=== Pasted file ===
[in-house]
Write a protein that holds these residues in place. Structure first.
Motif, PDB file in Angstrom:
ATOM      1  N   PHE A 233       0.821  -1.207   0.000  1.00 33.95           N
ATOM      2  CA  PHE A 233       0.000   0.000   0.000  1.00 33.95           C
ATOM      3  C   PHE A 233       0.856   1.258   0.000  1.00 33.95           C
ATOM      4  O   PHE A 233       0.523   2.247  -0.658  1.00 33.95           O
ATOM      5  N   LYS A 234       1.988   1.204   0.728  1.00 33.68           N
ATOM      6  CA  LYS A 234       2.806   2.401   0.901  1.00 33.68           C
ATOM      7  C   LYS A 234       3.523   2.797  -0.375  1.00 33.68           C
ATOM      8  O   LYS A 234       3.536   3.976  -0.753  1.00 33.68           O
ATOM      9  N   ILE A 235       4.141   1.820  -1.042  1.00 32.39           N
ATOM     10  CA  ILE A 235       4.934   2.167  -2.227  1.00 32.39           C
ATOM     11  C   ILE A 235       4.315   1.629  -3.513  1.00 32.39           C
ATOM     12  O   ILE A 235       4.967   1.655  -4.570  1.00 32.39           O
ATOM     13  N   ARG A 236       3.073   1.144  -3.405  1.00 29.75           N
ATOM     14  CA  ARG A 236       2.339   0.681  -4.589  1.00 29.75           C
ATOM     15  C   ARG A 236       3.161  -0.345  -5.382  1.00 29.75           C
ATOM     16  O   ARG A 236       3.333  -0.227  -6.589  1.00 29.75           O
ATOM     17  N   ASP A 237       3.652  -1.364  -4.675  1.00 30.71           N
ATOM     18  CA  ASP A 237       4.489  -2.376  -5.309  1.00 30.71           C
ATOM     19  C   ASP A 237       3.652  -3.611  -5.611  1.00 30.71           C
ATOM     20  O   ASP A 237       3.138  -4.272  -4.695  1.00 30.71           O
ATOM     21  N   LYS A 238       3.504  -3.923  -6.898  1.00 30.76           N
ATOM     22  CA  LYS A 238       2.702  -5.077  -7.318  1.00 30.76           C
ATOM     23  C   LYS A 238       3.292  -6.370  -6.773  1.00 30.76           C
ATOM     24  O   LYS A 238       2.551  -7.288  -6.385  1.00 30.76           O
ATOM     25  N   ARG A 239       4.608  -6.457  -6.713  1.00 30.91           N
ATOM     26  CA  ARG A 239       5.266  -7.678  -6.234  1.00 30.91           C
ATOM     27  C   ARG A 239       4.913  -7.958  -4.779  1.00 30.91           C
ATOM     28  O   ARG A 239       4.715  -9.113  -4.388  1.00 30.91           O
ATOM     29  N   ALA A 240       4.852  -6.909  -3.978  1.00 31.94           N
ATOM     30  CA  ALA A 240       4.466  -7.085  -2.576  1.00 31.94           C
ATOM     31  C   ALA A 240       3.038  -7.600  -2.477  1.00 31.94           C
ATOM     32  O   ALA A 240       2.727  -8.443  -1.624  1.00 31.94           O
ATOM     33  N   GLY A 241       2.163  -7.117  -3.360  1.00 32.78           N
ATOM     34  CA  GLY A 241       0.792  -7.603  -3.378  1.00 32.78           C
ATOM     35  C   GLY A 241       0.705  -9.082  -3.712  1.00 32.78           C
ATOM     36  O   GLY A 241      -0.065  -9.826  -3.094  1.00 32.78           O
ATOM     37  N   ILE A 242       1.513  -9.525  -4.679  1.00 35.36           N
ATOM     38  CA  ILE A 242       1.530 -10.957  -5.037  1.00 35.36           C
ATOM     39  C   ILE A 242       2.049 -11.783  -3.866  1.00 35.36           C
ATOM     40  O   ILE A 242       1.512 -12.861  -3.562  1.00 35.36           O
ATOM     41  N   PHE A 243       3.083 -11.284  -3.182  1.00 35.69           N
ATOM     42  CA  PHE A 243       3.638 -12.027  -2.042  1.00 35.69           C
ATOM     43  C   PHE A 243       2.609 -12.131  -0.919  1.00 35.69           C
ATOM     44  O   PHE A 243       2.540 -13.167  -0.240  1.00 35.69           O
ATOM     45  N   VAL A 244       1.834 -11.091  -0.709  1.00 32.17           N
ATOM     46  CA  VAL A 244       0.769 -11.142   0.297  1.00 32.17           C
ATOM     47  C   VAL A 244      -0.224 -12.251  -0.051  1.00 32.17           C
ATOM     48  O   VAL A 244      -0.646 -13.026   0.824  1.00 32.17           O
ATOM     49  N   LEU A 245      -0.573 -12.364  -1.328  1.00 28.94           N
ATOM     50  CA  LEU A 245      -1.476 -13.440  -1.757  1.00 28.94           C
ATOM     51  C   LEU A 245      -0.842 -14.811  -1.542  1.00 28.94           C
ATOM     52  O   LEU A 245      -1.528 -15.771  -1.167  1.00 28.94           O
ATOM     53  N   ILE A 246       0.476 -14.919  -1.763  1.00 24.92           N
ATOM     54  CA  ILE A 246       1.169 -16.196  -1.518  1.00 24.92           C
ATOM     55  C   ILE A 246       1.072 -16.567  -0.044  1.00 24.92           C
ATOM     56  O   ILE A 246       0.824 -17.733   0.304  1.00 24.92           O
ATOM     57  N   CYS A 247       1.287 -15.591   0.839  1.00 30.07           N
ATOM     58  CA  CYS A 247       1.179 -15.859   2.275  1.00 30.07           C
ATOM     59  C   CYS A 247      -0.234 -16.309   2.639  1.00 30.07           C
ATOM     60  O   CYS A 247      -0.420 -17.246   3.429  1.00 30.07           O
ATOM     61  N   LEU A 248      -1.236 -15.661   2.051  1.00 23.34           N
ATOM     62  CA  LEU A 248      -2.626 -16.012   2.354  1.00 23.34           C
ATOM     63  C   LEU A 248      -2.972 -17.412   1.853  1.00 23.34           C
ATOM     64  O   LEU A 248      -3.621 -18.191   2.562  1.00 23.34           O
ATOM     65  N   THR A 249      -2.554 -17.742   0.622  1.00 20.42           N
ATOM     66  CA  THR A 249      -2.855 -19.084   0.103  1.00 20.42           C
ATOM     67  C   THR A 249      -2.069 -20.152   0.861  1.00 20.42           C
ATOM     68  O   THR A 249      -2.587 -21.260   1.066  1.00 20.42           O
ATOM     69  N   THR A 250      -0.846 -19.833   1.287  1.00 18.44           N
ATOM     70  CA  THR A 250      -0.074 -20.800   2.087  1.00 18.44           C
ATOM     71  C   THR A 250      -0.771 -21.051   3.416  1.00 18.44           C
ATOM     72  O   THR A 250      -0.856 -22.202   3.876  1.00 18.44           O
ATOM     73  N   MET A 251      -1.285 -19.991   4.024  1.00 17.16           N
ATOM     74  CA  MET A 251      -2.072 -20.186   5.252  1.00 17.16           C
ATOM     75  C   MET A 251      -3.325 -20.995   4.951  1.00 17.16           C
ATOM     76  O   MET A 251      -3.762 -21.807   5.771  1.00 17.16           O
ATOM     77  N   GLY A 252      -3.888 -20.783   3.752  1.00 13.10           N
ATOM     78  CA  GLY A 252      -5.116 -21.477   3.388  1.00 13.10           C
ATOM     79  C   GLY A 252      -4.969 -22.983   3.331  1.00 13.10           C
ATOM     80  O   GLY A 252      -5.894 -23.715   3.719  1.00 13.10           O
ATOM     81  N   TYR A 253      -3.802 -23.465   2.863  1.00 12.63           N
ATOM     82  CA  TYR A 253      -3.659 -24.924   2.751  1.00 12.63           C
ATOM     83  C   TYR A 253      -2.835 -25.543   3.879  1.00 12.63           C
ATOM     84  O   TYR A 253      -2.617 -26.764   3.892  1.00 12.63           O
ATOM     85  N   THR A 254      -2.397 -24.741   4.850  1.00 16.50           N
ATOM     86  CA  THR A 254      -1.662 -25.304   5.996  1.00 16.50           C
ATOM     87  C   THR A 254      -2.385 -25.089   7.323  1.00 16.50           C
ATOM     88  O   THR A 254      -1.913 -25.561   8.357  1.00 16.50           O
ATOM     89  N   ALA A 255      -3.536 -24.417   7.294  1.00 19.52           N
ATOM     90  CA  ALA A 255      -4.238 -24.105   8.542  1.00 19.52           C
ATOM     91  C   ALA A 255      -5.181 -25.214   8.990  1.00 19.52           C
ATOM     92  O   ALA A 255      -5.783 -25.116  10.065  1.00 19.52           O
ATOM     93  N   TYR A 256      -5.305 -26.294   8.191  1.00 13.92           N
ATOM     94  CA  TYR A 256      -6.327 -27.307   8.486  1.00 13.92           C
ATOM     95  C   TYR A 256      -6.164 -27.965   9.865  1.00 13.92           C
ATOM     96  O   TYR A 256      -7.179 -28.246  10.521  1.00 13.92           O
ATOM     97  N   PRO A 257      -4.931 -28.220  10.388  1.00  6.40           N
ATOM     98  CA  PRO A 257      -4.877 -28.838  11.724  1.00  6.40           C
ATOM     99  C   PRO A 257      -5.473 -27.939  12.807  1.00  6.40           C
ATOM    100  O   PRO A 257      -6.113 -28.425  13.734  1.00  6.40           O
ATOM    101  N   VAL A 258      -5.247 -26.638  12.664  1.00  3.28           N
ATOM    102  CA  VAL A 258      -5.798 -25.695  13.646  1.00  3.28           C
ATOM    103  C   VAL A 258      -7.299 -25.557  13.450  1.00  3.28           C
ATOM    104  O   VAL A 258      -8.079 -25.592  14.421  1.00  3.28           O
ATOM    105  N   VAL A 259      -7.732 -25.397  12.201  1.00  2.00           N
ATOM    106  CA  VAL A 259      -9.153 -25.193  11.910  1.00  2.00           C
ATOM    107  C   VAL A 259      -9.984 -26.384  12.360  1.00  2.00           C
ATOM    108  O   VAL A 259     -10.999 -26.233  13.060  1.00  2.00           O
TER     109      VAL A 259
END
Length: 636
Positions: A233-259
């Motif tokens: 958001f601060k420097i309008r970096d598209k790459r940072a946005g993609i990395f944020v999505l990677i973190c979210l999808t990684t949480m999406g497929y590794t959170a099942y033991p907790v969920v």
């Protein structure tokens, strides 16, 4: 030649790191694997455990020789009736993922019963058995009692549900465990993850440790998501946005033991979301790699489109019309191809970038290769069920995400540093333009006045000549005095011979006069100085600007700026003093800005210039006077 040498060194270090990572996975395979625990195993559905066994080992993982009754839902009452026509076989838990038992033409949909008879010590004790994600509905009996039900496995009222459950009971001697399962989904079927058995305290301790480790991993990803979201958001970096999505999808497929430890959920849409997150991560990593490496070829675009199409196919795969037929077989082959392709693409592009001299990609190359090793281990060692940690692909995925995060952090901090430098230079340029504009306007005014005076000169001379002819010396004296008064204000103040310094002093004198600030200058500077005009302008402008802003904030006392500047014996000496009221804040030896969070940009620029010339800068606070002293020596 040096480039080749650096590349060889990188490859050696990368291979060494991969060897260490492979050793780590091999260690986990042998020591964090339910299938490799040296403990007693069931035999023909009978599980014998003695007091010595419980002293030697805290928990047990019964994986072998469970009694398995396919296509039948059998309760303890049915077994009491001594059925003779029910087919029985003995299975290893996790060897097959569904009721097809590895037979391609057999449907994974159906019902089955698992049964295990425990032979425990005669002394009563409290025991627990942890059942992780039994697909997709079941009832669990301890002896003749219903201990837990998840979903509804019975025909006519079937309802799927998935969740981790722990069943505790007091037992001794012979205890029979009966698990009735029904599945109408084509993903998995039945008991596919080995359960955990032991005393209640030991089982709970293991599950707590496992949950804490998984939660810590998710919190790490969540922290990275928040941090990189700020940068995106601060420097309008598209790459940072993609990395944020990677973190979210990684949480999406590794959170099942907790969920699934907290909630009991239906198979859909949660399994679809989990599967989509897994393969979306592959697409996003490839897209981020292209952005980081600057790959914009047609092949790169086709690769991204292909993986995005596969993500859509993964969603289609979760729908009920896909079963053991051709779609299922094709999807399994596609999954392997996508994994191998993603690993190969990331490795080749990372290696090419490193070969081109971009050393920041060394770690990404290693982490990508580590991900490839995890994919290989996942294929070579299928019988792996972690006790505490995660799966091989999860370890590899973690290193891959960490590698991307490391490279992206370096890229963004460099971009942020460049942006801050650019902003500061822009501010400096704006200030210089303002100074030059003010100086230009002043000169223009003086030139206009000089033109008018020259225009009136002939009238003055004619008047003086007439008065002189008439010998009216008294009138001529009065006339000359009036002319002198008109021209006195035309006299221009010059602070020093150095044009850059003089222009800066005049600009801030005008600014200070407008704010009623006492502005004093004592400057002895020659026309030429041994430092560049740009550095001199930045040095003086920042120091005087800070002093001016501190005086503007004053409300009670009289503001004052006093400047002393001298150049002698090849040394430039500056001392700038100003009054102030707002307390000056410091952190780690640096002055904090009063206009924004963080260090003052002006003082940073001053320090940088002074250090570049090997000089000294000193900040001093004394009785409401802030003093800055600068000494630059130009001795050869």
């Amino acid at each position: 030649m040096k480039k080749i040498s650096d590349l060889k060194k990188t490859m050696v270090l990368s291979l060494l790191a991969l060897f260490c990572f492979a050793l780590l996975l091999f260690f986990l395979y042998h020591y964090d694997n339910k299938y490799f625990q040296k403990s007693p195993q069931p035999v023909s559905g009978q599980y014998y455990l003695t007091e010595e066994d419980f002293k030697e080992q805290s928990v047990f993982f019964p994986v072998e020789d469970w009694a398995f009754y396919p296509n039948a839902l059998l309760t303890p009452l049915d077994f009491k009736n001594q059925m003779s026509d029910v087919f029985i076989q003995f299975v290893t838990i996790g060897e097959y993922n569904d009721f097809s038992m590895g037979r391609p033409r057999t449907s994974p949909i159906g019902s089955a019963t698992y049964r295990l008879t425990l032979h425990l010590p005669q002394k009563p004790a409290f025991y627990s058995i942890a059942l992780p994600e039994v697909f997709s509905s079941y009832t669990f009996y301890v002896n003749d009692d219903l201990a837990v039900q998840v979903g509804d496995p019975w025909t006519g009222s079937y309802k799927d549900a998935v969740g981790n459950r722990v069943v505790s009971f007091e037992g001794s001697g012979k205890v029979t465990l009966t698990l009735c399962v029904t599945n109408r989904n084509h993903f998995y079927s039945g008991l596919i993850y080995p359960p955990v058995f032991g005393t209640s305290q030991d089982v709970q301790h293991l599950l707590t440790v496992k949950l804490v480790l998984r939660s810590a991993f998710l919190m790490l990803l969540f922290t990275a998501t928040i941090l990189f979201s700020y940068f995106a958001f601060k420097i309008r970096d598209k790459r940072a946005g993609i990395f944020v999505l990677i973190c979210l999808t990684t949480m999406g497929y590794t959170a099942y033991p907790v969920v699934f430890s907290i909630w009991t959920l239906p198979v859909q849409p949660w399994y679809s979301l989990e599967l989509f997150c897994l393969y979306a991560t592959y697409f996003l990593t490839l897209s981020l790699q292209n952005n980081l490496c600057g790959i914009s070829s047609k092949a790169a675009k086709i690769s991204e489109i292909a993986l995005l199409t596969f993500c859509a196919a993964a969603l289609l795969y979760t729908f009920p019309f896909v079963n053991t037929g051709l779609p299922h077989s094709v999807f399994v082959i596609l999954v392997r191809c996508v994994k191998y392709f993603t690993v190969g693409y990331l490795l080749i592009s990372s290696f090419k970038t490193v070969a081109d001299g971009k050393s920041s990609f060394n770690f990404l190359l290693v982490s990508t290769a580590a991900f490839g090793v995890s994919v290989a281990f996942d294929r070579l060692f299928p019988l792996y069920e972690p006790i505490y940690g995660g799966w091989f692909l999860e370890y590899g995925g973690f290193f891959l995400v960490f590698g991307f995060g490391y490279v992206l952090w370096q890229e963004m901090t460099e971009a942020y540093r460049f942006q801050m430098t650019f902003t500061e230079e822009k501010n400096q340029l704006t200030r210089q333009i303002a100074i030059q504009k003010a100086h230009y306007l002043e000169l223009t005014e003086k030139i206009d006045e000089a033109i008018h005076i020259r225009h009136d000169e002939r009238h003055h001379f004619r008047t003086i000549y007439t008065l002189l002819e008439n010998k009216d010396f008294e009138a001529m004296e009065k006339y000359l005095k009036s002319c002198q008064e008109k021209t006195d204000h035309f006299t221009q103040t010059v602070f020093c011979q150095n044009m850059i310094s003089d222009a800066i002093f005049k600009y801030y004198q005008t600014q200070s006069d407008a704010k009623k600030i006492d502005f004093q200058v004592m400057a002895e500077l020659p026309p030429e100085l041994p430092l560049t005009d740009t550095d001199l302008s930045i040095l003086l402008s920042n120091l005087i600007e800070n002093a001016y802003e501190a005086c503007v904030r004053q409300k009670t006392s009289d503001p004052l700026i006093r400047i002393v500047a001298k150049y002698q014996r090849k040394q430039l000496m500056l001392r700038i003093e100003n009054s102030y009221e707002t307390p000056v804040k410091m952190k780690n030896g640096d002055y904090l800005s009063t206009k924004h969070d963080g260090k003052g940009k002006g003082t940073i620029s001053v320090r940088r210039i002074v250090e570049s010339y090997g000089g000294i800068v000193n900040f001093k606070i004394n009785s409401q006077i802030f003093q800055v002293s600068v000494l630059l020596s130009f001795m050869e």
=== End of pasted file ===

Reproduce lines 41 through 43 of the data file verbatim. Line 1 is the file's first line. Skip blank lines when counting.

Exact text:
ATOM     38  CA  ILE A 242       1.530 -10.957  -5.037  1.00 35.36           C
ATOM     39  C   ILE A 242       2.049 -11.783  -3.866  1.00 35.36           C
ATOM     40  O   ILE A 242       1.512 -12.861  -3.562  1.00 35.36           O